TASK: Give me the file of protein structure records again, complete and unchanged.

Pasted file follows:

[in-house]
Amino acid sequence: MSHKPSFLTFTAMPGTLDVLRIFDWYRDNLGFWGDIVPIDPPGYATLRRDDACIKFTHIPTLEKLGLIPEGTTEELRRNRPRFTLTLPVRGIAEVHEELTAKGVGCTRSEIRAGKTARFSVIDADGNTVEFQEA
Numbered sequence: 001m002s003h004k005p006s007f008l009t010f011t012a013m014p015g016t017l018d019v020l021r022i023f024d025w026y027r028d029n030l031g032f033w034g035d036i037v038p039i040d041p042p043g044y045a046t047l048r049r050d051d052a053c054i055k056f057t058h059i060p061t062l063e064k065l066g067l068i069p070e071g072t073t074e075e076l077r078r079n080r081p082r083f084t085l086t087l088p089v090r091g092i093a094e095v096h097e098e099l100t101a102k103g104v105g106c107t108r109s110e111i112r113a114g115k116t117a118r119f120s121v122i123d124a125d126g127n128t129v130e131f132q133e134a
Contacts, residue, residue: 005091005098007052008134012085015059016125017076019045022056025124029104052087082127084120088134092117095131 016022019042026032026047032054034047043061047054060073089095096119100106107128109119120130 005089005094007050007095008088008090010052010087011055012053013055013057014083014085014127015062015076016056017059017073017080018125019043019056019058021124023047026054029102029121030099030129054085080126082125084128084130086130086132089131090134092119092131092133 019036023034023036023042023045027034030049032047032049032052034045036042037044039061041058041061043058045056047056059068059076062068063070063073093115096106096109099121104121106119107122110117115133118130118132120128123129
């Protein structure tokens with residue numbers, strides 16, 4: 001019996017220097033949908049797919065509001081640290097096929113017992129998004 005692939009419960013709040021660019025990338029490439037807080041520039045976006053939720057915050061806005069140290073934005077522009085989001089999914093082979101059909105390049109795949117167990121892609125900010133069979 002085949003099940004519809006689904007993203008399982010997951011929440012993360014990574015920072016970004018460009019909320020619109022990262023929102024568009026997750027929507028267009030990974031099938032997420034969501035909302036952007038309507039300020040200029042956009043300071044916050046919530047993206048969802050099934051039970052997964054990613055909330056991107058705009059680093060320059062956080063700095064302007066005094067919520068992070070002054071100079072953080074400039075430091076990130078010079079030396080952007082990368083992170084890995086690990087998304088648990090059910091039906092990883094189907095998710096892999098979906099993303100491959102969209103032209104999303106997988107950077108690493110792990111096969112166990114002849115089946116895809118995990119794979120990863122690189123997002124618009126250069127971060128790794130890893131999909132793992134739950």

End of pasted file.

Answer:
[in-house]
Amino acid sequence: MSHKPSFLTFTAMPGTLDVLRIFDWYRDNLGFWGDIVPIDPPGYATLRRDDACIKFTHIPTLEKLGLIPEGTTEELRRNRPRFTLTLPVRGIAEVHEELTAKGVGCTRSEIRAGKTARFSVIDADGNTVEFQEA
Numbered sequence: 001m002s003h004k005p006s007f008l009t010f011t012a013m014p015g016t017l018d019v020l021r022i023f024d025w026y027r028d029n030l031g032f033w034g035d036i037v038p039i040d041p042p043g044y045a046t047l048r049r050d051d052a053c054i055k056f057t058h059i060p061t062l063e064k065l066g067l068i069p070e071g072t073t074e075e076l077r078r079n080r081p082r083f084t085l086t087l088p089v090r091g092i093a094e095v096h097e098e099l100t101a102k103g104v105g106c107t108r109s110e111i112r113a114g115k116t117a118r119f120s121v122i123d124a125d126g127n128t129v130e131f132q133e134a
Contacts, residue, residue: 005091005098007052008134012085015059016125017076019045022056025124029104052087082127084120088134092117095131 016022019042026032026047032054034047043061047054060073089095096119100106107128109119120130 005089005094007050007095008088008090010052010087011055012053013055013057014083014085014127015062015076016056017059017073017080018125019043019056019058021124023047026054029102029121030099030129054085080126082125084128084130086130086132089131090134092119092131092133 019036023034023036023042023045027034030049032047032049032052034045036042037044039061041058041061043058045056047056059068059076062068063070063073093115096106096109099121104121106119107122110117115133118130118132120128123129
């Protein structure tokens with residue numbers, strides 16, 4: 001019996017220097033949908049797919065509001081640290097096929113017992129998004 005692939009419960013709040021660019025990338029490439037807080041520039045976006053939720057915050061806005069140290073934005077522009085989001089999914093082979101059909105390049109795949117167990121892609125900010133069979 002085949003099940004519809006689904007993203008399982010997951011929440012993360014990574015920072016970004018460009019909320020619109022990262023929102024568009026997750027929507028267009030990974031099938032997420034969501035909302036952007038309507039300020040200029042956009043300071044916050046919530047993206048969802050099934051039970052997964054990613055909330056991107058705009059680093060320059062956080063700095064302007066005094067919520068992070070002054071100079072953080074400039075430091076990130078010079079030396080952007082990368083992170084890995086690990087998304088648990090059910091039906092990883094189907095998710096892999098979906099993303100491959102969209103032209104999303106997988107950077108690493110792990111096969112166990114002849115089946116895809118995990119794979120990863122690189123997002124618009126250069127971060128790794130890893131999909132793992134739950």